New Orleans was slow to declare a mandatory evacuation.  Declaring a mandatory evacuation is expensive and politically unpopular.  Particularly when the storm dosn't hit.  There is a history of storms diverting to the east at the last minute.  It's common to hear people talk about this phenomenon/coincidence openly as science.  And yes, Hurricane Katrina did change track and shift to the east in the 11th hour hitting Biloxi and Gulfport head on.  Katrina created a 12 to 30 foot storm surge that forced water from the Gulf Of Mexico up through the wetlands, the MRGO, Lake Ponchartrain, Lake Borgne, the Mississippi River and the Industrial Canal.  Combined with the rainfall and  the inability of our centuries old pumping system to move water out of the city, the levees began to tumble.  In other areas, water rose so high that it poured over the tops of the levees.  The failure of the levees was due to poor design and faulty construction coupled with an unprecedented storm surge.  The fact that thousands of lives were lost as a result of these oversights is disturbing, unforgivable and negligent.  Most 9th Ward residents believe that the breach was caused intentionally.  Whether this is true or not, I do not know.  I do know that the 9th Ward has never been an economic priority.  So, if less was going to be spent on levees, the 9th Ward would get the least.

Yes, I stayed. I saw a city unravel from the top down and the bottom up.  I witnessed violence and anger and frustration and confusion.  I don't talk about it much because it is so painful.  It is a scar on my soul that will never completely heal.  

As a child, I went to the Lower 9th Ward to visit musicians with my dad.  On Sundays, we would visit Sister Gertrude Morgan, the visionary artist and preacher.  Sister Gertrude Morgan painted scripture on whatever she could find: doors, old books, scraps of paper, window shades, guitars...  Her entire lawn was four leaf clovers!  I know this because I would pick them.  I have them flattened in my books.  There is to this day, still, a small patch of clovers where her house once stood....  Fats Domino lived in the Lower 9th Ward.  And so did most of the Lastie Family.  As a troubled teen, Dr. John (Mac Rebenack) became an adopted son of the Lastie Family and to this day credits them with saving his life and giving him the gift of music.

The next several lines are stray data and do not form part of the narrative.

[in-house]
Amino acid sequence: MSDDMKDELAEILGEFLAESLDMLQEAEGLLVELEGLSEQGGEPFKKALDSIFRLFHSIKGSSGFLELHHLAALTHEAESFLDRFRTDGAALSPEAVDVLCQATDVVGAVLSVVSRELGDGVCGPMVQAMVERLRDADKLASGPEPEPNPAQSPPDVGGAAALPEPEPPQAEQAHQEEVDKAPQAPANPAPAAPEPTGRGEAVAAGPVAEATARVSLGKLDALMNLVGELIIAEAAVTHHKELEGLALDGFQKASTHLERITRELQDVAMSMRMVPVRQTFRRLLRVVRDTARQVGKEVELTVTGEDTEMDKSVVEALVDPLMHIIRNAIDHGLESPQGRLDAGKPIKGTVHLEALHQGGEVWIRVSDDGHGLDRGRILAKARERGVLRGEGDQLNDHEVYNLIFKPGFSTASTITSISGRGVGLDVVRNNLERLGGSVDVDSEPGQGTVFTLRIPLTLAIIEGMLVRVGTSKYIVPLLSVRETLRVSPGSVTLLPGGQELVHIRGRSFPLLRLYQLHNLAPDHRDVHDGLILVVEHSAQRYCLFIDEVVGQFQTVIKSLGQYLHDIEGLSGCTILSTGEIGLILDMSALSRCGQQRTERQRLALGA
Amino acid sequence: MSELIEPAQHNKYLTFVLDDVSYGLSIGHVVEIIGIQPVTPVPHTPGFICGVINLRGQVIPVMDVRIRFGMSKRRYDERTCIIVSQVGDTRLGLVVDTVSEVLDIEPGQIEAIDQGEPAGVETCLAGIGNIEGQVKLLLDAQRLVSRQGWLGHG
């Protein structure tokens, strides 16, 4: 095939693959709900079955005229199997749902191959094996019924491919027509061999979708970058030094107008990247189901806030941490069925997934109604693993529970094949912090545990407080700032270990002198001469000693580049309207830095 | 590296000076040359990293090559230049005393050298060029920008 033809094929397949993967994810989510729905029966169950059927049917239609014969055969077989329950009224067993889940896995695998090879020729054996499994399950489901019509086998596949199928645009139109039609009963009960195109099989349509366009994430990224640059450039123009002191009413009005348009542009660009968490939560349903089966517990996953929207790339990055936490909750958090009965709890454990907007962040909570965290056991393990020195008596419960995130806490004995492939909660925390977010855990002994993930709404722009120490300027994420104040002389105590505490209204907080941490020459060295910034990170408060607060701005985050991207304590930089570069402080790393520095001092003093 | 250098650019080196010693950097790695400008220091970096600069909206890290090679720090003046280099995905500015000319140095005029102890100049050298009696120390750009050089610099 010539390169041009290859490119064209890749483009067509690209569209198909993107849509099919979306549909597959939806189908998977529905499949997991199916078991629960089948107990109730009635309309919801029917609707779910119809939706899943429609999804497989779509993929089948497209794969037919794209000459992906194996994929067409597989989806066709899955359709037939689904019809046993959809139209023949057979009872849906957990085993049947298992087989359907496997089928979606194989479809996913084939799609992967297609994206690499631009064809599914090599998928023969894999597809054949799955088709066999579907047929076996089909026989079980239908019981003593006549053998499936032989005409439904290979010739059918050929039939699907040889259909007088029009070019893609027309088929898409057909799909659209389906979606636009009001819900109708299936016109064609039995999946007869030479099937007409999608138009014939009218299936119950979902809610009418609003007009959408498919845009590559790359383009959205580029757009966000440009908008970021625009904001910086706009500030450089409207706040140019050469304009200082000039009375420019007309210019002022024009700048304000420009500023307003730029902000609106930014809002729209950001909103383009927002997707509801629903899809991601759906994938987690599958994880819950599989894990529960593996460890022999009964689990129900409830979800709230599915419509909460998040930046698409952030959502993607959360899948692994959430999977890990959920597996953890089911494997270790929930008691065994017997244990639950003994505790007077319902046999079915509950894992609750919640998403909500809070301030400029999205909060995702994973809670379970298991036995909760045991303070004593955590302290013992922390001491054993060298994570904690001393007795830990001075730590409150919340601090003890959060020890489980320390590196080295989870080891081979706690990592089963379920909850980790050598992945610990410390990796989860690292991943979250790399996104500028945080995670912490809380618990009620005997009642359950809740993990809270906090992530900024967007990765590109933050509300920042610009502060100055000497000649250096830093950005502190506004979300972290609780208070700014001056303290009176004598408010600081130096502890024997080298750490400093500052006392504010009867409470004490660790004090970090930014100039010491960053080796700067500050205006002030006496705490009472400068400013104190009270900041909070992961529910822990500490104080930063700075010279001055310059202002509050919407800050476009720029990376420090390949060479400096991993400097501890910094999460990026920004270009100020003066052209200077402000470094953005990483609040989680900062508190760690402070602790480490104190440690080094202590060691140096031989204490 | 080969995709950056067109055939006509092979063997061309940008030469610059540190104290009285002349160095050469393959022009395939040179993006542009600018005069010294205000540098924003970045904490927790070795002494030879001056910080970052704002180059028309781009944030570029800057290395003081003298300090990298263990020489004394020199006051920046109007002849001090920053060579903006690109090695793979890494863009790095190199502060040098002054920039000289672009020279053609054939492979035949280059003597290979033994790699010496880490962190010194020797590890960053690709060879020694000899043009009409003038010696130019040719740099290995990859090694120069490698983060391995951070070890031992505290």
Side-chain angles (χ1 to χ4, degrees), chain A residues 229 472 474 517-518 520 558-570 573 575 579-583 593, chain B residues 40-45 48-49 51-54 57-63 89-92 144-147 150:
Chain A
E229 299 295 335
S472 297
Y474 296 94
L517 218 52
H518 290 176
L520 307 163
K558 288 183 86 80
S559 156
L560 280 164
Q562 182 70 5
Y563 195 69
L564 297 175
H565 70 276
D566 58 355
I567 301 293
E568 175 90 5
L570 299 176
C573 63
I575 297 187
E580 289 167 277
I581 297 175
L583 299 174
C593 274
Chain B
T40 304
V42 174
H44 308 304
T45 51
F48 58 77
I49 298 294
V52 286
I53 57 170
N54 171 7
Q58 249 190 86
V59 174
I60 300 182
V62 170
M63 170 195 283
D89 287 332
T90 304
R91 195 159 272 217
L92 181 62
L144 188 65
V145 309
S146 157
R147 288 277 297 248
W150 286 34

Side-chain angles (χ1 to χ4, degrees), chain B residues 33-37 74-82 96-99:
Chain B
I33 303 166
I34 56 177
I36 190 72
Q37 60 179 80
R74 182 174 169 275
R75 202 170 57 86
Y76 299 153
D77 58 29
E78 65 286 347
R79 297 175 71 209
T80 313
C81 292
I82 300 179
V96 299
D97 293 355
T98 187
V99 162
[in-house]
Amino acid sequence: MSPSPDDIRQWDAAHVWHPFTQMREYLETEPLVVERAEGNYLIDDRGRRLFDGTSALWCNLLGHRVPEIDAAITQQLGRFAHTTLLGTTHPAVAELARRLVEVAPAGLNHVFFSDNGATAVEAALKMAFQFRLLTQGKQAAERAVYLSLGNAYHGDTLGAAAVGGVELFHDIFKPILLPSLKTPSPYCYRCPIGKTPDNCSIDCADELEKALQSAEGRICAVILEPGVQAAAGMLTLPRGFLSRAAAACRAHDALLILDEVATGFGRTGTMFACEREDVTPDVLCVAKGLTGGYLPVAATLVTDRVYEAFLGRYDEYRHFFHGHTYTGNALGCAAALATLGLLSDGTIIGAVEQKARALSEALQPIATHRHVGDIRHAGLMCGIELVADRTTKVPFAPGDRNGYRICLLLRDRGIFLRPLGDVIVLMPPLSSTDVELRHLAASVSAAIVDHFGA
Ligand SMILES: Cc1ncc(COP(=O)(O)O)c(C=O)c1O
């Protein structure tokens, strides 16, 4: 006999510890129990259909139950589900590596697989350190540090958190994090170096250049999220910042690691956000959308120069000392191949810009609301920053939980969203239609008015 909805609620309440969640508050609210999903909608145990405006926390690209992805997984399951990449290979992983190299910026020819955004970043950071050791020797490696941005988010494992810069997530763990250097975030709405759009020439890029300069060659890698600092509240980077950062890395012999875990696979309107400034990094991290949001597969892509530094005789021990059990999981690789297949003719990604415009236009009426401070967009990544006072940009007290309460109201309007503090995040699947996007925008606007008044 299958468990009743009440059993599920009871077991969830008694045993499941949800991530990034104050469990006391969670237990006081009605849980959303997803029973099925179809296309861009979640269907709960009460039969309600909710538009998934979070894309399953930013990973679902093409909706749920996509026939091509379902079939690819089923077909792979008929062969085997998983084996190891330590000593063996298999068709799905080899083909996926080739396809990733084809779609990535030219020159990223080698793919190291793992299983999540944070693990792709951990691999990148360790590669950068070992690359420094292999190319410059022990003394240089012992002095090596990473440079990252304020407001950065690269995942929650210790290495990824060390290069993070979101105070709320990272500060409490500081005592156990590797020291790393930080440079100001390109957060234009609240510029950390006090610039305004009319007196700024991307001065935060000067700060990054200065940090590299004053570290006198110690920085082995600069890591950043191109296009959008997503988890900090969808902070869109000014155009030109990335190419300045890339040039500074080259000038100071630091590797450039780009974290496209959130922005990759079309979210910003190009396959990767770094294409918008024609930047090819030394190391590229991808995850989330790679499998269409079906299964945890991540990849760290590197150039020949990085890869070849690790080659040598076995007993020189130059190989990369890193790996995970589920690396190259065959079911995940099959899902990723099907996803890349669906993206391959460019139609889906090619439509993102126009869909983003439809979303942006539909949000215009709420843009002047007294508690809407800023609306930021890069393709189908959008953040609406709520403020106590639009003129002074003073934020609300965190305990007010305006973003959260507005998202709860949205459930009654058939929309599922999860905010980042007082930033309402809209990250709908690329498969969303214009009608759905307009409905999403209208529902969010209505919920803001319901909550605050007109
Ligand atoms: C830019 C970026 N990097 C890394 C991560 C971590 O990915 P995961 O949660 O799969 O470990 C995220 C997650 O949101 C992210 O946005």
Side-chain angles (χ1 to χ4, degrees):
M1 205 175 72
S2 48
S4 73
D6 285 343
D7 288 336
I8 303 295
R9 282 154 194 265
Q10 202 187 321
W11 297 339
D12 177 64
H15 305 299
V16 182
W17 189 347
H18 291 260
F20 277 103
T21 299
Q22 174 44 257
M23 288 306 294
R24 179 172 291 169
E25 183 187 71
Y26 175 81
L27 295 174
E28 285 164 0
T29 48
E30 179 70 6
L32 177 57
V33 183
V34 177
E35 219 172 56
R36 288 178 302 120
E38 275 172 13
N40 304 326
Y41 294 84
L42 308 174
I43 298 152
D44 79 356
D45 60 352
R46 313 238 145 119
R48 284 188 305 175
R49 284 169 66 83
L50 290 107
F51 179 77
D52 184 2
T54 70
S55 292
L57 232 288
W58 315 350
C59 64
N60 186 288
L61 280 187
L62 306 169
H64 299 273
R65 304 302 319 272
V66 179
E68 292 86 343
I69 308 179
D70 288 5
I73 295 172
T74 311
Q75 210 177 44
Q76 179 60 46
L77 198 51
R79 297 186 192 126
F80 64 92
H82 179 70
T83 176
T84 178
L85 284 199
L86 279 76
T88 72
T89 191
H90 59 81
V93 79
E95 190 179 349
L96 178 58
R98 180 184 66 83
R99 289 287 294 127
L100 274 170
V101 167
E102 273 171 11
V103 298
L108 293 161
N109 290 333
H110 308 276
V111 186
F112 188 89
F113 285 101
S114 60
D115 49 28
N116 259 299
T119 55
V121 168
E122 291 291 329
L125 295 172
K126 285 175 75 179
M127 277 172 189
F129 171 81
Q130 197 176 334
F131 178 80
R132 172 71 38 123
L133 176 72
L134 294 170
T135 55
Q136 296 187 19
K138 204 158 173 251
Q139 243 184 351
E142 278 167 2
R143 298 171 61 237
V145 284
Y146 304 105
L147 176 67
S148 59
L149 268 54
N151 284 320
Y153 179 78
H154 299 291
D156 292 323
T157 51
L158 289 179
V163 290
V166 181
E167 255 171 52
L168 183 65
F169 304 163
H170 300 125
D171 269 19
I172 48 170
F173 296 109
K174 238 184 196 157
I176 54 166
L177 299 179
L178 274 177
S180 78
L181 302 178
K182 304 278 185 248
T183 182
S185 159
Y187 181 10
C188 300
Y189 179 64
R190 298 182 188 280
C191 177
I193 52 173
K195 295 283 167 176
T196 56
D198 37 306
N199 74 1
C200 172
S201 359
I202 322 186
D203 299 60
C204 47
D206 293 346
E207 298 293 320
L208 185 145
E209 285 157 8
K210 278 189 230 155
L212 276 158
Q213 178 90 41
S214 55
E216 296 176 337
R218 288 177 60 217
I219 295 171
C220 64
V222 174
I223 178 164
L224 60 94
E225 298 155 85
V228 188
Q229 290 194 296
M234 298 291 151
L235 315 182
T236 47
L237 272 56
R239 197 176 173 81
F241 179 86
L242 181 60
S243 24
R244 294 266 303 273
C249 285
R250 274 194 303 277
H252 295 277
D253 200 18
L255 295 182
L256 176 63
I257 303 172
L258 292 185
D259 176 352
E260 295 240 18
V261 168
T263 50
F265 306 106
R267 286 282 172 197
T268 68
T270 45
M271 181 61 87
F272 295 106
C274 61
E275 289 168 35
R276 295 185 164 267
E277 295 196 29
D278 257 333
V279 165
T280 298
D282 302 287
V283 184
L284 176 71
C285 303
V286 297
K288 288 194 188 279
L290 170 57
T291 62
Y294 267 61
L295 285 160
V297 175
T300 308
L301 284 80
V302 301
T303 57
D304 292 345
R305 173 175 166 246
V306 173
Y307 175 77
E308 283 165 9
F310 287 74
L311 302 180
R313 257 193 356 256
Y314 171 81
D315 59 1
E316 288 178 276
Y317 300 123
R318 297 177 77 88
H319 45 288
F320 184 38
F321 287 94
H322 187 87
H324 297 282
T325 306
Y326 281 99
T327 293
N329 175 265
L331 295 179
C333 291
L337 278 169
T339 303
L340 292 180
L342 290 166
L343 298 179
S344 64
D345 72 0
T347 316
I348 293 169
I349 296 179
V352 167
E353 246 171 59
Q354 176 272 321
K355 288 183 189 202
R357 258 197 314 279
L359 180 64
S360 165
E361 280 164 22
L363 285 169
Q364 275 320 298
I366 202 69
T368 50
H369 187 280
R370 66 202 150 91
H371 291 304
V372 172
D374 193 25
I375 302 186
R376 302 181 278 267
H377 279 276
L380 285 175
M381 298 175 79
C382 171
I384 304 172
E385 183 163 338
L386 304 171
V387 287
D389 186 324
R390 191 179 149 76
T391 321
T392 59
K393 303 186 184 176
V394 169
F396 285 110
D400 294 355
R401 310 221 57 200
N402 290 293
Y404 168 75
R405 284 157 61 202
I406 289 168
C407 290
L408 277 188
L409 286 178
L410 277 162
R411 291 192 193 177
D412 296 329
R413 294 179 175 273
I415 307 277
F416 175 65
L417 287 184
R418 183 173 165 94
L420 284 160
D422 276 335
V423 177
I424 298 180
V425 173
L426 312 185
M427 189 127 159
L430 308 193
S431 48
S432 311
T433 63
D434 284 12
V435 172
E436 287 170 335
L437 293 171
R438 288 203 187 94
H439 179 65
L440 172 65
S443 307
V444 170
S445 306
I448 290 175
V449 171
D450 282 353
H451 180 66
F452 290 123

The Lower 9 was also home to John Robichaux and his wife.  I imagine the idea of evacuating, if it was even an option, was a hard one to make for Mr. Robichaux. He was nearing his 90's.  So Mr. Robichaux and his wife stayed behind.  I can't imagine what they suffered.  The thought makes me sick.  One of our city's great treasures gone.  Like that.  Brutally taken from us.  It's incredibly painful.  I feel a tremendous amount of guilt.  It's why I've committed my life to this great city that has given the world and me so many blessings.  I hope my work continues to honor the memory of all of those who didn't make it through the storm.  For them, I wake up every morning. For them I tune up my bass.  For them I bring joy and happiness into the world the way Mr Robichaux brought joy and happiness into mine."  - Ben Jaffe

In Memoriam: Allen Toussaint

In Memoriam: Allen Toussaint

Ace Hotel NYC 5 at 5: Preservation Hall Foundation Education Outreach

Ace Hotel NYC 5 at 5: Preservation Hall Foundation Education Outreach